Employees who did something creative after work were more likely to be helpful and creative problem solvers on the job, according to new research.» Read More
A new survey says men are better social networkers than women even though women tend to be more social. Here's how one author says women can close this gender gap.
One author's solution for getting ahead and becoming successful in this economy is to think "weird."
Companies have long used criminal background checks, credit reports and even searches on Google and LinkedIn to probe the previous lives of prospective employees. Now, some companies are requiring job candidates to also pass a social media background check, the New York Times reports.
"Everyone knows they need to be “creative” and “think outside the box” – to “associate.” The million dollar question has always been – how." These authors have a plan.
While conventional wisdom says that you’re either born with communication skills or you’re not, this author claims that is not the case. Communication skills can be taught, and they are, in fact, crucial to business success.
The question of whether to accept an offer that’s only so-so or, worse, beneath one’s pay grade is a growing source of angst for the 14 million Americans who remain unemployed.
There's charm to downplaying your success. But if you truly regard your accomplishments as lucky, that's dangerous. It means you don't know how you did whatever you did. Therefore, you can't repeat it. Or teach others.
The authors say, "every business needs an eco-strategy. The “Green to Gold” discussion has changed from whether we need to adopt a green strategy to how."
The authors of the new book write, "The time for a management reset has come, and it’s not simply a matter of making leaders more effective or adopting the latest twist on how to engage employees. Rather, it must be a seismic change; a complete rethinking of what an organization’s objectives are and the way they are achieved."
"The momentousness of change during the past 10 years inspired the editors of the Gallup Management Journal to review how Gallup covered events during this period; how it made sense of rapid change right as it was unfolding; and more importantly, how Gallup big thinkers, as well as the great minds with whom the company regularly associates, helped organizational leaders navigate the most tumultuous years in memory," writes the author.
One author who has been out there pitching for 25 years offers his advice on how to get clients to buy what you're selling - be it a product or yourself.
If you're about to give the presentation - are you truly prepared? Don't make these mistakes that can sink your pitch and you.
Ryan Moor never got a business degree. He's only taken a few college courses. But at the age of 30, he runs a company with 75 employees on track to make $26 million in sales this year. This despite the fact that his own costs are up double digits, and he has had to pass some of them along to customers.
As you move into a new role, it is inevitable that you will have some people who support what you’re trying to do, some who resist it, and some who will sit on the sidelines and watch for a while. We identify these three types of influencers as contributors, detractors, and watchers.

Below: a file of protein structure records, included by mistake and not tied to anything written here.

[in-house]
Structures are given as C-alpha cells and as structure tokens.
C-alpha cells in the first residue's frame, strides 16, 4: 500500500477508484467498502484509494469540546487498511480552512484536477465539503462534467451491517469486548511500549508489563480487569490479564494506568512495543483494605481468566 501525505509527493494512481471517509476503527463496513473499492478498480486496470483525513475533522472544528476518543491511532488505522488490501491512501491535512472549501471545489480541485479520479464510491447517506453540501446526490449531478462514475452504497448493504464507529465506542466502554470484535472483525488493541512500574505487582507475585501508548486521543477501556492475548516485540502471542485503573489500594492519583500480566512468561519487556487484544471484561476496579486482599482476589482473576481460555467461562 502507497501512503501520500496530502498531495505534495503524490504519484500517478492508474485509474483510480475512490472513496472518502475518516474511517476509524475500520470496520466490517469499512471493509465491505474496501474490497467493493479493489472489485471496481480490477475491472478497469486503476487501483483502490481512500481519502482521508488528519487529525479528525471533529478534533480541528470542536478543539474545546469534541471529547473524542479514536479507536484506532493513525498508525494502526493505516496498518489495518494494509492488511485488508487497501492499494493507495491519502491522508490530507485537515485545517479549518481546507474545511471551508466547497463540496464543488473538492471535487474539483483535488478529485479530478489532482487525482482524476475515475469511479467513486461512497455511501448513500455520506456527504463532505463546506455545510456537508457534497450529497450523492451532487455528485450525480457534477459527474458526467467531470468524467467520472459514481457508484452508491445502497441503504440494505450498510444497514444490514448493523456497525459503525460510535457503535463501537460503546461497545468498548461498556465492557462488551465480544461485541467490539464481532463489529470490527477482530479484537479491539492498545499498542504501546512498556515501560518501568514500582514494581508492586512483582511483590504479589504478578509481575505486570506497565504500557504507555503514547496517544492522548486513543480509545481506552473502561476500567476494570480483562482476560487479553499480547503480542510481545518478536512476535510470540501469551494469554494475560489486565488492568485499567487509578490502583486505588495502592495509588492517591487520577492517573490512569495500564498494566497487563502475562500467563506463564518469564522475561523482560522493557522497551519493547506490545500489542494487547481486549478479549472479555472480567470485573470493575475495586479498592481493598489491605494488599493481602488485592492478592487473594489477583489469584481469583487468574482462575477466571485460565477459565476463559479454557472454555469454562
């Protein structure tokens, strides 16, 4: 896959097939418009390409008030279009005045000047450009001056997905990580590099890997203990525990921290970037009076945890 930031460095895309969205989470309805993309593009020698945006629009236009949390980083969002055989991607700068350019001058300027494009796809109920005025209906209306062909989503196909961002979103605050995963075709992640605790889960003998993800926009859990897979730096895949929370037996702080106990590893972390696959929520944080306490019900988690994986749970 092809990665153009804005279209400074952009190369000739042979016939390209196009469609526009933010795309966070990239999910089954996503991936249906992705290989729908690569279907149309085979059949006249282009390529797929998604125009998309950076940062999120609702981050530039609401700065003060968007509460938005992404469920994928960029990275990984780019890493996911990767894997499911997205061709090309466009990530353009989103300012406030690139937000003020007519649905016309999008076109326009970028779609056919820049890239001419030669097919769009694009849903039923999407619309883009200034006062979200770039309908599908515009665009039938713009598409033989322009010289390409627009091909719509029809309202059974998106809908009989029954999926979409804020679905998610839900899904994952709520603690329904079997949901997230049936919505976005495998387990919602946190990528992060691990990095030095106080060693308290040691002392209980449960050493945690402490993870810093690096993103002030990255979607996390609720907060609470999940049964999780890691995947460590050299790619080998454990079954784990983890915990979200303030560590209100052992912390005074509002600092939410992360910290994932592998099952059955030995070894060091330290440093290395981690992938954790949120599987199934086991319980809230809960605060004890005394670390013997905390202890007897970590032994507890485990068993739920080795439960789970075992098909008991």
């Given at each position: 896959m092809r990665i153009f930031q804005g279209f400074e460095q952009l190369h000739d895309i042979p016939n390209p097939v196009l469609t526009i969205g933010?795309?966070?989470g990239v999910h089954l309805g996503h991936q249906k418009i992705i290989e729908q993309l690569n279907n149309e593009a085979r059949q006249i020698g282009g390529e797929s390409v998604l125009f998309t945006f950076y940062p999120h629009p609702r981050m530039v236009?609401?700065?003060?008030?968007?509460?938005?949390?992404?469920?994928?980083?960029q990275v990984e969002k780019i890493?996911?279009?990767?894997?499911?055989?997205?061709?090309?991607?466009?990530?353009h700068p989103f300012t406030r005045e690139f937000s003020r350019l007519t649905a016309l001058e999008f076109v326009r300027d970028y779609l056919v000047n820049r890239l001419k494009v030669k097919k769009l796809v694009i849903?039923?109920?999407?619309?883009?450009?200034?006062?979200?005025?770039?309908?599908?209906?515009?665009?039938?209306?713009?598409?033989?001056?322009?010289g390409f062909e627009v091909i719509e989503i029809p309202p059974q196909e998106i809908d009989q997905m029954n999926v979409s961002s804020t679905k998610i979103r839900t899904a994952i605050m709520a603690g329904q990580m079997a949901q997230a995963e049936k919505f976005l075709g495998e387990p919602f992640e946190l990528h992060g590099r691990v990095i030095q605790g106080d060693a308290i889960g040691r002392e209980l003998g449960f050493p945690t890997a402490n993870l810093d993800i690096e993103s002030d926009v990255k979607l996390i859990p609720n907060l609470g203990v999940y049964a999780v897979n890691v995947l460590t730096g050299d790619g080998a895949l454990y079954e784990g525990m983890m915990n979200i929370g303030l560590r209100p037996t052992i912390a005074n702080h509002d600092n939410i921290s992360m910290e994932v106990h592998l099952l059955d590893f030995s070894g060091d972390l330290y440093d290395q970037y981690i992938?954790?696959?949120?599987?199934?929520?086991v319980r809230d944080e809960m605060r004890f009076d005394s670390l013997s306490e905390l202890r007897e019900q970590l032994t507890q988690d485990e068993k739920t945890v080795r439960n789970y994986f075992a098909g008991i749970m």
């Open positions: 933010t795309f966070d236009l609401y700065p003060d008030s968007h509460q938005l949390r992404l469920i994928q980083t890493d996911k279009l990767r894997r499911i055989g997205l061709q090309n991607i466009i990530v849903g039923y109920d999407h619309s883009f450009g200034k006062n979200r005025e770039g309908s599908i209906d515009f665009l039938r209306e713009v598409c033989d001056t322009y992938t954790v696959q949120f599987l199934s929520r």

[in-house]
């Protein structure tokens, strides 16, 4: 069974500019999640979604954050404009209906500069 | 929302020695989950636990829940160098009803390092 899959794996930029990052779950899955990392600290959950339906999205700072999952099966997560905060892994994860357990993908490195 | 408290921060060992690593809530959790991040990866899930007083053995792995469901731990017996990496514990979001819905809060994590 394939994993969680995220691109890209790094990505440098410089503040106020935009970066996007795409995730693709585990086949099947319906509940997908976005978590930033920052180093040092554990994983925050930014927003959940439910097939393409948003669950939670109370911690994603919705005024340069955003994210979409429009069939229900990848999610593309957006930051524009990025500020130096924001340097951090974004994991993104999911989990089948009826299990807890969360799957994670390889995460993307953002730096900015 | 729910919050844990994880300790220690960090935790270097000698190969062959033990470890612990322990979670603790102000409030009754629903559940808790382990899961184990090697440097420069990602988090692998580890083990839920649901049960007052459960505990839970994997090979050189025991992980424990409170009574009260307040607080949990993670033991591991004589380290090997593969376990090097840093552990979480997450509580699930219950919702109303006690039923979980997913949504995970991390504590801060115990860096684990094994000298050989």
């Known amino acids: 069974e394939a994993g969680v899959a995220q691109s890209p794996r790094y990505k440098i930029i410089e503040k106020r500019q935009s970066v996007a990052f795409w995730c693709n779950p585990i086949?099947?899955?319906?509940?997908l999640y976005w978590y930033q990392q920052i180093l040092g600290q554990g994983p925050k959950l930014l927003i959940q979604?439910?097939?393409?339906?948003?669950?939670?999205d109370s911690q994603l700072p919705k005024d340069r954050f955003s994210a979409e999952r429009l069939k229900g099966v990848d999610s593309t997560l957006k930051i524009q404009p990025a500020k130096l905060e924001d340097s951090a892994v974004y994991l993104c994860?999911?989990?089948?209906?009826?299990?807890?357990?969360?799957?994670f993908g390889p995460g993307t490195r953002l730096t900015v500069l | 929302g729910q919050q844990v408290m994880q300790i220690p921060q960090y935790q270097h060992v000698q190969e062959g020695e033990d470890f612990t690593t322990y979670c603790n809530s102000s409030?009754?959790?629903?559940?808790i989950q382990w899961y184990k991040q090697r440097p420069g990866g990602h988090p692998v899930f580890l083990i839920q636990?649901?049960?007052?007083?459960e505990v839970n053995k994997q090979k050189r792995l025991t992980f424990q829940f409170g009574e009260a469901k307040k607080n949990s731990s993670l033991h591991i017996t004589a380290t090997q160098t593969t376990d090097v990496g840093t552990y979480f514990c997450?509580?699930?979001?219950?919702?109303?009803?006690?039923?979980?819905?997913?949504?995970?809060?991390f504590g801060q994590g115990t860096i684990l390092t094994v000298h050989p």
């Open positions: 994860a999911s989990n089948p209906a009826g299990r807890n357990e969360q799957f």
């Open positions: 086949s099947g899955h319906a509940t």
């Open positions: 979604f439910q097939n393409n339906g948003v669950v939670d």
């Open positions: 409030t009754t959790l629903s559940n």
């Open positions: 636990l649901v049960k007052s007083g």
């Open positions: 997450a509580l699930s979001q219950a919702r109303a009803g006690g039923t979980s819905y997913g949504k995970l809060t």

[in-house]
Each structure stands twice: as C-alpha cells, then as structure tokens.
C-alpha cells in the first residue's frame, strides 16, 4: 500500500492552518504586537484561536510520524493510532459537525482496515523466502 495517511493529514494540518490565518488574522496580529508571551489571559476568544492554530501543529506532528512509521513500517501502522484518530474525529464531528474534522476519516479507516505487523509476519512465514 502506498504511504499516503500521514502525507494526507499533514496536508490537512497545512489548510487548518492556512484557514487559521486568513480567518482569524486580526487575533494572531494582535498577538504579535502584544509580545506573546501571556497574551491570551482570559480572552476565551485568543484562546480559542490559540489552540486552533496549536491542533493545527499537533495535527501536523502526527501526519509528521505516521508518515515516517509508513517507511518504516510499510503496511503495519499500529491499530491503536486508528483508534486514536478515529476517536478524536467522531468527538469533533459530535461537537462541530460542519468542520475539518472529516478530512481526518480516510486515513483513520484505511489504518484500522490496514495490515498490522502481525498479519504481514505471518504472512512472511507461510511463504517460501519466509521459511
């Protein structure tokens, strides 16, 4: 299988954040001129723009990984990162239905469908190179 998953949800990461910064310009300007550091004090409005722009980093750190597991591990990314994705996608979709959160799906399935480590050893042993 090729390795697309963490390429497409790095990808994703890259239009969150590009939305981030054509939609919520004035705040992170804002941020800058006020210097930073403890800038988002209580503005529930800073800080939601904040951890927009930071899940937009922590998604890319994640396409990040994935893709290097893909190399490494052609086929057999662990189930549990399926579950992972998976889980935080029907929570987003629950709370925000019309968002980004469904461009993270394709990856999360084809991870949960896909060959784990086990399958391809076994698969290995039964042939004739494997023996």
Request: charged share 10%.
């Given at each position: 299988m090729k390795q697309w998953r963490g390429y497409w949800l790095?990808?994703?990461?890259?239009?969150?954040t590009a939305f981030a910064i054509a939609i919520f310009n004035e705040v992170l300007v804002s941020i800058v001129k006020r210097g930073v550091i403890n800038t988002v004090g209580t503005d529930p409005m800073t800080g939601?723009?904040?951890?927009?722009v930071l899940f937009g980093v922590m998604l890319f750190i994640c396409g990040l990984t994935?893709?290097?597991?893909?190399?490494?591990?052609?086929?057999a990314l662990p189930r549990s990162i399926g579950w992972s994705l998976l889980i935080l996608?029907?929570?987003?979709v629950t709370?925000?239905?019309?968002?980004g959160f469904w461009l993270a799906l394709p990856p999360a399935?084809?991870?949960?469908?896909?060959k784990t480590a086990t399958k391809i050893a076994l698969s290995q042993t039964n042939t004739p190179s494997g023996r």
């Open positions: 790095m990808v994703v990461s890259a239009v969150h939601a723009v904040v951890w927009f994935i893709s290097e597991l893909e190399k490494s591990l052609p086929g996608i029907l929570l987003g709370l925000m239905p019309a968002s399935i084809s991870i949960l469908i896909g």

Cummins Chief Executive Tim Solso told CNBC Thursday the United States lacks a qualified workforce with the kinds of technical skills he needs for his engine-making business.
"Last year, in the run-up to its centennial celebration in 2011, IBM launched an exploration of its 100-year history. One of the goals was to discover what it takes to survive and make progress over a long period of time. The exercise produced a new conviction about the future of the organization and work—plus a prescription for acting on it. The conviction is that it’s time to reinvent the modern corporation," writes the author.
Your success in today’s world is directly connected to your ability to work effectively in a variety of different cultures. But a lot of the conventional wisdom about cross-cultural effectiveness is based upon myth and anecdote more than evidence-based research.
Over the past eight years we’ve found that planning before day one on the job is one of the crucial factors that reduces the rate of failure from 40 percent to below 10 percent.
"There are too many bosses, but too few leaders around. While most organizations offer leadership training, it’s usually formulaic, and based on competency models and copy-cat role plays. To turn bosses into leaders, we must rethink our approach to leadership development," the author writes.
There’s no shortage of people waiting to take your job, so developing and maintaining a good relationship with your boss is more important than ever. It can determine your future as an employee. So what do you do when you make a potential career-ending mistake with your boss?
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CARSON CITY, Nev.— Nevada's jobless rate held steady in March at 8.5 percent, the same as the month before, the Nevada Department of Employment, Training and Rehabilitation reported Friday.
SALT LAKE CITY— Utah's unemployment rate increased slightly last month, the first time since last July the rate has climbed instead of falling. The Department of Workforce Services announced Friday that the state's jobless rate for March was 4.1 percent, up from 3.9 percent the month before.
RICHMOND, Va.— The Virginia Employment Commission says the state's jobless rate rose slightly to 5 percent in March. Virginia had seen its jobless rate decline for seven consecutive months, reaching its lowest rate in February since November 2008.